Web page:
Five Tips for Building An 'Inclusive Workplace'
In light of the recent Supreme Court’s historic verdict, decriminalizing homosexuality under Section 377 of the Indian Penal Code, companies should encourage even more workplaces to embrace diversity and create an inclusive working environment for their employees.
Every day our news outlets and social feeds are full of reports about strife over racial, religious and gender issues. Pair this with a polarized political climate, and it’s clear that the need for the acceptance — and celebration of our differences is vital. This applies to the workplace, too. To get workplace diversity and inclusion right, you need to build a culture where everyone feels valued and heard.
Embracing diversity in the workplace encompasses many things: gender, race, sexual orientation, physical ability, religion, age and neurodiversity, for instance. Today, business and HR leaders are either working to create a diverse and inclusive workplace or they should be.
It’s not just the right thing to do; it’s good for business. McKinsey’s report Why Diversity Matters examines how diversity affects profitability and long-term valuation. Companies with the highest gender diversity among their executive management were 21% more likely to show better-than-normal profitability than competitors with the least gender variance in management. Similarly, companies with ethnic and cultural diversity outperform those without by 33%.
So how can we boost our efforts to be as inclusive as possible?
1. Educate your employees
Prejudice can influence each stage of the hiring process. For instance, one famous study found that resumes using the “white-sounding” names Emily and Greg received 50% more callbacks than resumes using the “African-American-sounding names” Lakisha and Jamal. Other research has explored the phenomenon of “resume whitening,” whereby minorities remove details that may reveal their race for fear of discrimination.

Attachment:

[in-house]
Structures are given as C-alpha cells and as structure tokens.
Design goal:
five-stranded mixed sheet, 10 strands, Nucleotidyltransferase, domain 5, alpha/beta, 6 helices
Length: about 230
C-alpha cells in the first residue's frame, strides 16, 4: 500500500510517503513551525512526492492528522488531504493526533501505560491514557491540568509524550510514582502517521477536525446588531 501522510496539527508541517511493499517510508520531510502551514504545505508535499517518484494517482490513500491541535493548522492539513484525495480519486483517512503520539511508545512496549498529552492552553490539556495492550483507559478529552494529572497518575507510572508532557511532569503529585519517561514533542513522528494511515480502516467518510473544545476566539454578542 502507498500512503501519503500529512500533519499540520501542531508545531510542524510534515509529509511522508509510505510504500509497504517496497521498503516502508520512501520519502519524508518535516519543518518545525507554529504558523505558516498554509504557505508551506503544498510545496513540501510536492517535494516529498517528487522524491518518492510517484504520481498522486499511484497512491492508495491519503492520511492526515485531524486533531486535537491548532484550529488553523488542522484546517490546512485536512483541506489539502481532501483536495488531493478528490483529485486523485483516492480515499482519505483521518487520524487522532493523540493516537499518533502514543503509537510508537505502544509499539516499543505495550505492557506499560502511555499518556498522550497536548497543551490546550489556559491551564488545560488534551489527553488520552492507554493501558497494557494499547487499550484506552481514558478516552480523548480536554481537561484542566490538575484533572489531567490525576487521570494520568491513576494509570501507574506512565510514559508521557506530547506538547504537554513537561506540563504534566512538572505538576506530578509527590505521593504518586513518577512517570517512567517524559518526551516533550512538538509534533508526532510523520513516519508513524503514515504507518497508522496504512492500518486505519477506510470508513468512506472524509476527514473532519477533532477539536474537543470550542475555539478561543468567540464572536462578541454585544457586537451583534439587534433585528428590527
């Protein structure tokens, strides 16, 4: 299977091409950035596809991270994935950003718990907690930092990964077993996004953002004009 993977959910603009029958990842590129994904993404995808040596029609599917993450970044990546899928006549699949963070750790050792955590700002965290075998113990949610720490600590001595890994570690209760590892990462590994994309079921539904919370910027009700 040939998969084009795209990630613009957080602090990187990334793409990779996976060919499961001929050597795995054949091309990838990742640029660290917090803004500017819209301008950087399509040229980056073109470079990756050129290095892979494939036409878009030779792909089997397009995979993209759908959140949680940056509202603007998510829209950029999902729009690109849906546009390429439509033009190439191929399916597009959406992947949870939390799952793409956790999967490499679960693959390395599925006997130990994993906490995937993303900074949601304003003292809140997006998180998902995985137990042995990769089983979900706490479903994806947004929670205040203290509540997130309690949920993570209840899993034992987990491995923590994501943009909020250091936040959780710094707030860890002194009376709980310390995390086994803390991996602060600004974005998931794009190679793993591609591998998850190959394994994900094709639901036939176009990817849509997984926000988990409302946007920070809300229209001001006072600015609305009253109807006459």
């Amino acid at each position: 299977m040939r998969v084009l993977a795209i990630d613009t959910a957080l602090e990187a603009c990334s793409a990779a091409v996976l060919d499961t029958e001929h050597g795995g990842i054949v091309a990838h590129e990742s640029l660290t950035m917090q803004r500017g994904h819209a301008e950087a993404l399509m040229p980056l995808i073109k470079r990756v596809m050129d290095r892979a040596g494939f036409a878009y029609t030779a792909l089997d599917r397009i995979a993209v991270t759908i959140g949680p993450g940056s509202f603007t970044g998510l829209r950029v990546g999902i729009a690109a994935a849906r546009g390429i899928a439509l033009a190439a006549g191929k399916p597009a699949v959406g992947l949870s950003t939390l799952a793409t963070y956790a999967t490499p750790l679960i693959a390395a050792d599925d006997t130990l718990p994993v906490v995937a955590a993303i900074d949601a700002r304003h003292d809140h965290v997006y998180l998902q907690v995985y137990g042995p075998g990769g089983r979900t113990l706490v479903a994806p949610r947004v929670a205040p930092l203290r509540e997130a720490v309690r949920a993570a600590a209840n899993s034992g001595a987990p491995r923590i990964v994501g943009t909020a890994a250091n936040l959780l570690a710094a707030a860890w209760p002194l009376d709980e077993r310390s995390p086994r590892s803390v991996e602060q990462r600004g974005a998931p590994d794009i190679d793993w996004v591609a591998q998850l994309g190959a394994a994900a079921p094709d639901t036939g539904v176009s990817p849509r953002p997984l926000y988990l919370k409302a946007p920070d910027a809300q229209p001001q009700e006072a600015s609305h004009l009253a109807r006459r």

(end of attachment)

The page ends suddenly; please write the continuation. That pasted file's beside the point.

So it’s important to train new recruiters and hiring managers to recognize bias and then how to take action. There are lots of good courses available on Unconscious Bias and professional associations that can help you work to eliminate bias from your hiring process. The key thing is to do your homework and choose the curriculum that is most meaningful to you and your company culture.
But remember: as you introduce this training, reassure your audience that this is not about judging them as individuals. Bias, sadly, is just part of being human. We start to make a difference when we acknowledge it. Then, knowing what to look for, we can find ways to correct it.
2. Make job postings gender neutral
Taking gendered language out of postings may help job seekers to see possibilities they may not have considered before and so diversify your talent pool.
The language of job postings can influence the kinds of applicants you attract. For instance, researchers at Duke University and the University of Waterloo found that ads for traditionally male-dominated professions — such as engineering and programming — also prominently featured words associated with male stereotypes, such as decisive and dominant.
This same study suggests that replacing stereotypically masculine wording with gender-neutral phrasing can lead to more gender parity among candidates. For instance, instead of talking about “dominance,” you might instead talk about “excellence in the market.”
Similarly, avoiding words traditionally associated with female stereotypes, such as responsible and together, can attract more men to jobs in traditionally female-dominated fields such as nursing.
At Indeed we phrase our job descriptions in such a way that they apply to anyone. For instance, when hiring for an engineer, we describe characteristics that apply to everyone: “You are someone who wants to see the impact of their work and make a difference every day.”